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Thread: a fast, longish old lens ...

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    a fast, longish old lens ... Nikkor-H 85mm f/1.8

    The lens I've been waiting for arrived today:


    Nikkor-H 85mm f/1.8 - circa 1969ish

    Lovely old lens, I had one of these for my Nikon F back in 1969-1971 that belonged to my uncle. I made many more photos with it than he ever did.

    I've been working with longer focal lengths and decided that something in this range and speed might be nice. Looked at the Samyang 85/1.4 because it's available in FourThirds mount, but there's really no difference between using it and using an adapted Nikon or other lens. I remembered this old lens fondly, looked it up on KEH and bought a BGN example.

    The focusing helicoid on this one operates slightly rough (probably dried out lubricant, might send it off for a CLA) and the paint is a little chipped. But the glass looks perfect, the iris is clean and operates smoothly, and the imaging qualities in my test snaps around the house look good. Even fits on the fotodiox adapter better than the Nikon AI lenses (no AI coupling ridge on the aperture ring to get in the way of the adapter mount release).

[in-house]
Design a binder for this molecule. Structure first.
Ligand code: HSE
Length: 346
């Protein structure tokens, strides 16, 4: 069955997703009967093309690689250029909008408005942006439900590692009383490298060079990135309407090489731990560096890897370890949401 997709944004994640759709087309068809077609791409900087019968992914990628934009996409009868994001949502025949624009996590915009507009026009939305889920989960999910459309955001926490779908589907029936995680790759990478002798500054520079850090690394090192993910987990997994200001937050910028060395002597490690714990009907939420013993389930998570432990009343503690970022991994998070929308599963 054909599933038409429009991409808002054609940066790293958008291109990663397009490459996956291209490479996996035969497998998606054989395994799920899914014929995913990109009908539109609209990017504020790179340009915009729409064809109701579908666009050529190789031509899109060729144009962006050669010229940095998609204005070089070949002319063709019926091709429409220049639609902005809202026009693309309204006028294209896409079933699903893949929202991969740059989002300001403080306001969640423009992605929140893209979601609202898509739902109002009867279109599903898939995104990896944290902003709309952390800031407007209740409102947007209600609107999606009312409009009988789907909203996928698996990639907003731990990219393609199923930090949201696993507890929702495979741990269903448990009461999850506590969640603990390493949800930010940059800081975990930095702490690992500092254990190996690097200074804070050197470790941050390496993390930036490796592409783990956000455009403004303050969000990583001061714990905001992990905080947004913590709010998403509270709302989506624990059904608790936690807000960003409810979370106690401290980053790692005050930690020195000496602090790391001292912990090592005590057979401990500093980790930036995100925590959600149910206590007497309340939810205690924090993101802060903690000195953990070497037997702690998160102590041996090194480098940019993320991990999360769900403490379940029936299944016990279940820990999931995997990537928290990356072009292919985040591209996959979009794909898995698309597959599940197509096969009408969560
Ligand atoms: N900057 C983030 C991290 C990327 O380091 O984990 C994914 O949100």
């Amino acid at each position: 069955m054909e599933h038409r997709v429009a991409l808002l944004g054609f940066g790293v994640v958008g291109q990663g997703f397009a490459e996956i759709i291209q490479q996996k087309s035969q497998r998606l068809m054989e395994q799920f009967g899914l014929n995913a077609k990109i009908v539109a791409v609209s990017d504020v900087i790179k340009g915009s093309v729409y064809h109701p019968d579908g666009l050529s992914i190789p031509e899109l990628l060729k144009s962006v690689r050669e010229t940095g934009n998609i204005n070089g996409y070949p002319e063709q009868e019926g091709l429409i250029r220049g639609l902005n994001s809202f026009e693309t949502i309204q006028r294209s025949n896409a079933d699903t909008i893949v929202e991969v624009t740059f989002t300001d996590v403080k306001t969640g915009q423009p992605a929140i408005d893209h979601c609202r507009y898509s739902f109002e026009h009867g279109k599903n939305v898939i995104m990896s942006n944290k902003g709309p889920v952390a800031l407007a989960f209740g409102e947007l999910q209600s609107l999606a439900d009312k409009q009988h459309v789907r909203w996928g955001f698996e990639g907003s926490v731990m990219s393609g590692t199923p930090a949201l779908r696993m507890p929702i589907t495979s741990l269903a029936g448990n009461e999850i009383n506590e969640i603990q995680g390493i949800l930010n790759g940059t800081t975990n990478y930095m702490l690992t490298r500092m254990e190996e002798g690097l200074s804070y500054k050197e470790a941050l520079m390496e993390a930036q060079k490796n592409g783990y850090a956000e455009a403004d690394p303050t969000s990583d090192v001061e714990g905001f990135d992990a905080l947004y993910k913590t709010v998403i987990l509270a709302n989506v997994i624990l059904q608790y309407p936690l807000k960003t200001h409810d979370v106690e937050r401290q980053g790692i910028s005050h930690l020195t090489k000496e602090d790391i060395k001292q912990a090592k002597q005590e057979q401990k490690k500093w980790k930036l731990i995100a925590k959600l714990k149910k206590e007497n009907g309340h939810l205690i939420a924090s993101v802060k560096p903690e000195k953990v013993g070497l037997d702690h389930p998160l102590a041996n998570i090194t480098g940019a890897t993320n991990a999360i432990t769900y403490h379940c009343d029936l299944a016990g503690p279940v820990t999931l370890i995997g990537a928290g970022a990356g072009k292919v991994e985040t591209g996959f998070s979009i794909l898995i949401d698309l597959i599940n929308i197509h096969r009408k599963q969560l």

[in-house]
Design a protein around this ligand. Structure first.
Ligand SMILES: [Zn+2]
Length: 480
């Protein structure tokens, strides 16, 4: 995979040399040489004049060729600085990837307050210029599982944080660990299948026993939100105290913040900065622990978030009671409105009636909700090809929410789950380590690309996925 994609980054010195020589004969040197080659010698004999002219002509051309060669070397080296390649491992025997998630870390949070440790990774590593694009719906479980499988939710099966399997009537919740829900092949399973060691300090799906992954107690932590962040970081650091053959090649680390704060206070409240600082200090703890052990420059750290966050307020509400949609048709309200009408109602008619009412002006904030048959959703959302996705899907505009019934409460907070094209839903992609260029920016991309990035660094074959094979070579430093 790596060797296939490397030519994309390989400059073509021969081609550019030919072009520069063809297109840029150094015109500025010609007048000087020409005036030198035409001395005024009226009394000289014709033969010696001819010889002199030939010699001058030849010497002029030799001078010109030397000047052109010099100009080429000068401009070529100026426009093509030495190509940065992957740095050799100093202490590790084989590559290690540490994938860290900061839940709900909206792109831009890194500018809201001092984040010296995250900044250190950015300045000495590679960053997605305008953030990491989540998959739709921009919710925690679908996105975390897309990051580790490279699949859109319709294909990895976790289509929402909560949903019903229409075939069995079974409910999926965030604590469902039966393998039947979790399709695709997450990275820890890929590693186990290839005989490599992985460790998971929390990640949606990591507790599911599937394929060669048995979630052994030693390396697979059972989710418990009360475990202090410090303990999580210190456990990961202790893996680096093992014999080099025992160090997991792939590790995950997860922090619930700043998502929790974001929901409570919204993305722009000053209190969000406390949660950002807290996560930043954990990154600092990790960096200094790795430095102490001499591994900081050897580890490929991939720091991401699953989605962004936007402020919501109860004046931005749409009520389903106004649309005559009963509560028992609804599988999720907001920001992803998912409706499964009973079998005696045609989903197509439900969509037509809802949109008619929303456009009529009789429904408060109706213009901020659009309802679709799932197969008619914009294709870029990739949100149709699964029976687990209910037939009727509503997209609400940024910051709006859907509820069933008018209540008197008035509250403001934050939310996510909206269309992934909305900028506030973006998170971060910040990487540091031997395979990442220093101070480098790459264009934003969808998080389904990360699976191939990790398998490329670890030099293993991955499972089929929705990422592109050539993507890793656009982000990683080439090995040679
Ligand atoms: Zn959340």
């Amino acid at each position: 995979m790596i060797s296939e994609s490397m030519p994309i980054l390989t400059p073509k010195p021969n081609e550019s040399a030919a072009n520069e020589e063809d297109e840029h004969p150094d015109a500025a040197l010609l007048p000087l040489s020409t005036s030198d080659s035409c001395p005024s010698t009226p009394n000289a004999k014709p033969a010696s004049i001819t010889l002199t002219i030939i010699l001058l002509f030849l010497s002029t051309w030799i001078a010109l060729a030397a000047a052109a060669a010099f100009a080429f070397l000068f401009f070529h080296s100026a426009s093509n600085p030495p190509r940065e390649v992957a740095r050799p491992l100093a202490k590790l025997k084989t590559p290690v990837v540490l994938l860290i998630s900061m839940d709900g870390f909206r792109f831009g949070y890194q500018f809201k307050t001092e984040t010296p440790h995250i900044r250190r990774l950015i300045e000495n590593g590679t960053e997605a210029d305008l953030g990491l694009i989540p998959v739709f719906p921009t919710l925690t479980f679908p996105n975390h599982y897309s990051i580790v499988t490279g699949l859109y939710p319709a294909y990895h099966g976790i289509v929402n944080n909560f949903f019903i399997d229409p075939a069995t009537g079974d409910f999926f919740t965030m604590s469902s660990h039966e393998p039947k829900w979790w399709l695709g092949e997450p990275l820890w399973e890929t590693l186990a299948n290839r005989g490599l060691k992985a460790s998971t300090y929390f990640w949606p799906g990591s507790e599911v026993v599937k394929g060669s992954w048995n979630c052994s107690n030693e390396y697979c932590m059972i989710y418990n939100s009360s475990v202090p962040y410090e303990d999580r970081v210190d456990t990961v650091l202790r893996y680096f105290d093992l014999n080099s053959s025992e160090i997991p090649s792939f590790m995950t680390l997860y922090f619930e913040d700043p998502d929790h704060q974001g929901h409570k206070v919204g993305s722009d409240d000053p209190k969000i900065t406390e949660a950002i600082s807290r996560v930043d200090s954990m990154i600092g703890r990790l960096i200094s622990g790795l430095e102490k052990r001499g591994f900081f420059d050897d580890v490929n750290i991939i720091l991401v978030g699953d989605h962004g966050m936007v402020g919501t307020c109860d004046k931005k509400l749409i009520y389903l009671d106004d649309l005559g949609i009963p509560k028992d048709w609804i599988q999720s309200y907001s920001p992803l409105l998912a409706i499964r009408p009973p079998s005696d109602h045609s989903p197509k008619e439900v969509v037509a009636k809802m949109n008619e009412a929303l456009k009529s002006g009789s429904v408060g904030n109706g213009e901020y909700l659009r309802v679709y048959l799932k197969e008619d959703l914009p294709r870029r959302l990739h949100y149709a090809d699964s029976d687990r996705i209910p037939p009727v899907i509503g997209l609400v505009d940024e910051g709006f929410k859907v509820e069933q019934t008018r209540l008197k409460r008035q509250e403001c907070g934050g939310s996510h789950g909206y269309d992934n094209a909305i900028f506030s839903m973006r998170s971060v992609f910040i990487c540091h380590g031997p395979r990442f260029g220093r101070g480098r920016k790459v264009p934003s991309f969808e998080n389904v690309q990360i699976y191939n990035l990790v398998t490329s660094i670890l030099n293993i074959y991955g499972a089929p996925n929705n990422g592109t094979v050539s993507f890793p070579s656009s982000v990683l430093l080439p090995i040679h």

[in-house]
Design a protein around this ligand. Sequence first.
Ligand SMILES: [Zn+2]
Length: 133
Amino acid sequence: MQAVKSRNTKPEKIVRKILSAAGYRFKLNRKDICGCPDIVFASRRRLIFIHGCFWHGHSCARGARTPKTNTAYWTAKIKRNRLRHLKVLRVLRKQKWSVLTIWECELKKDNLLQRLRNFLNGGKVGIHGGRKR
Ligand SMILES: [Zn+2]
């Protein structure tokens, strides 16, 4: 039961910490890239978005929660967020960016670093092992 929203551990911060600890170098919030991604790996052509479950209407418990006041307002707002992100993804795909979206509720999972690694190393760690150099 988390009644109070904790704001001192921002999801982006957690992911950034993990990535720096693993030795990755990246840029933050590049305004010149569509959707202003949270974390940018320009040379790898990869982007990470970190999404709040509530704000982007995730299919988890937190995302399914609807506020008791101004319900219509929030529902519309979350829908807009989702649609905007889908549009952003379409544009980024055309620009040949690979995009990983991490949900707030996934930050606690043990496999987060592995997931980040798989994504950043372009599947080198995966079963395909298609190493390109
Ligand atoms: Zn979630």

Not bad for a cheap "BGN" lens... and it's nice and compact too.

    Last edited by Godfrey; 19th February 2011 at 06:57. Reason: tweaking title

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    Re: a fast, longish old lens ...

    Nice! Can't wait to see what you'll do with it.
    -Dragos
    Panasonic GH1/G1, Canon FTb(n)/F-1, Mamiya C330F/RB67 Pro SD, Chamonix 45N-2, Nikon F5 + Assorted Lenses

  3. #3
    hawaiigent
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    Re: a fast, longish old lens ...